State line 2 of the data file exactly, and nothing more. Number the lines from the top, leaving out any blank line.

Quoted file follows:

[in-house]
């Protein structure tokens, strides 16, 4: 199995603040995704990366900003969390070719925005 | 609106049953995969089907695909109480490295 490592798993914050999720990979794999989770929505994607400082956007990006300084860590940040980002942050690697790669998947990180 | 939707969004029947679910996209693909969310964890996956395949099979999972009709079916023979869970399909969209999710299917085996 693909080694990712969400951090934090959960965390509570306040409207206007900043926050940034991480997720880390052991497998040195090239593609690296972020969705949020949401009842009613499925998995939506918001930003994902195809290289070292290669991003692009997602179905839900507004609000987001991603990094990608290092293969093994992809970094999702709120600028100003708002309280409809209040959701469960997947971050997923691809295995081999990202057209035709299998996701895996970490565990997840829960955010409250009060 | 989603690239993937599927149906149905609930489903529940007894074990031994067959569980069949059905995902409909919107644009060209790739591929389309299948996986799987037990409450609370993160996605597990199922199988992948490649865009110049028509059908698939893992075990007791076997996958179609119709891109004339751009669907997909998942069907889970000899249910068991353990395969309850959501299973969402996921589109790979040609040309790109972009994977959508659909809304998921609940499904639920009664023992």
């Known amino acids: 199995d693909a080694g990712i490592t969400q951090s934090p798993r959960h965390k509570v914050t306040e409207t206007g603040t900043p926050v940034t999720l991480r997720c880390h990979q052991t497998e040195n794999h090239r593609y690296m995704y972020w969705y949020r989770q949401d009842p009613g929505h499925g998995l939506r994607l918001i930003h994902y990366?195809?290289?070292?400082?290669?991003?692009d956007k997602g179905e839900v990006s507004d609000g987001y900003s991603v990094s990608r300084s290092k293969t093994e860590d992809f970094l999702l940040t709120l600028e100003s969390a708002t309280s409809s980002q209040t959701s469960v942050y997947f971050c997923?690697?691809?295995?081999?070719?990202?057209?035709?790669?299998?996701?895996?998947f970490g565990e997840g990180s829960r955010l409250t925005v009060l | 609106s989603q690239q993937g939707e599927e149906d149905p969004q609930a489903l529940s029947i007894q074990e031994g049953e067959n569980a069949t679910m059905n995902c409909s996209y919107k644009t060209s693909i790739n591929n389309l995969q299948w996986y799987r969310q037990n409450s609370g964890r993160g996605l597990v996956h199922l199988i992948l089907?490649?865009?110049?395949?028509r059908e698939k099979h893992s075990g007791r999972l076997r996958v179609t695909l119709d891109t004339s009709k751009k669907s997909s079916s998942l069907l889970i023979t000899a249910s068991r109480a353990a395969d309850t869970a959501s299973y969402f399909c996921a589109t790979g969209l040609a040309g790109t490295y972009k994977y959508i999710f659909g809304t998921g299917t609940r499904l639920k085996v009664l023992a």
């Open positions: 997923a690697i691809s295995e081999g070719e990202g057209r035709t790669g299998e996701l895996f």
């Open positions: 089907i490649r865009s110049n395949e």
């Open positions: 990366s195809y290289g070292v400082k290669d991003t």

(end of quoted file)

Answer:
């Protein structure tokens, strides 16, 4: 199995603040995704990366900003969390070719925005 | 609106049953995969089907695909109480490295 490592798993914050999720990979794999989770929505994607400082956007990006300084860590940040980002942050690697790669998947990180 | 939707969004029947679910996209693909969310964890996956395949099979999972009709079916023979869970399909969209999710299917085996 693909080694990712969400951090934090959960965390509570306040409207206007900043926050940034991480997720880390052991497998040195090239593609690296972020969705949020949401009842009613499925998995939506918001930003994902195809290289070292290669991003692009997602179905839900507004609000987001991603990094990608290092293969093994992809970094999702709120600028100003708002309280409809209040959701469960997947971050997923691809295995081999990202057209035709299998996701895996970490565990997840829960955010409250009060 | 989603690239993937599927149906149905609930489903529940007894074990031994067959569980069949059905995902409909919107644009060209790739591929389309299948996986799987037990409450609370993160996605597990199922199988992948490649865009110049028509059908698939893992075990007791076997996958179609119709891109004339751009669907997909998942069907889970000899249910068991353990395969309850959501299973969402996921589109790979040609040309790109972009994977959508659909809304998921609940499904639920009664023992």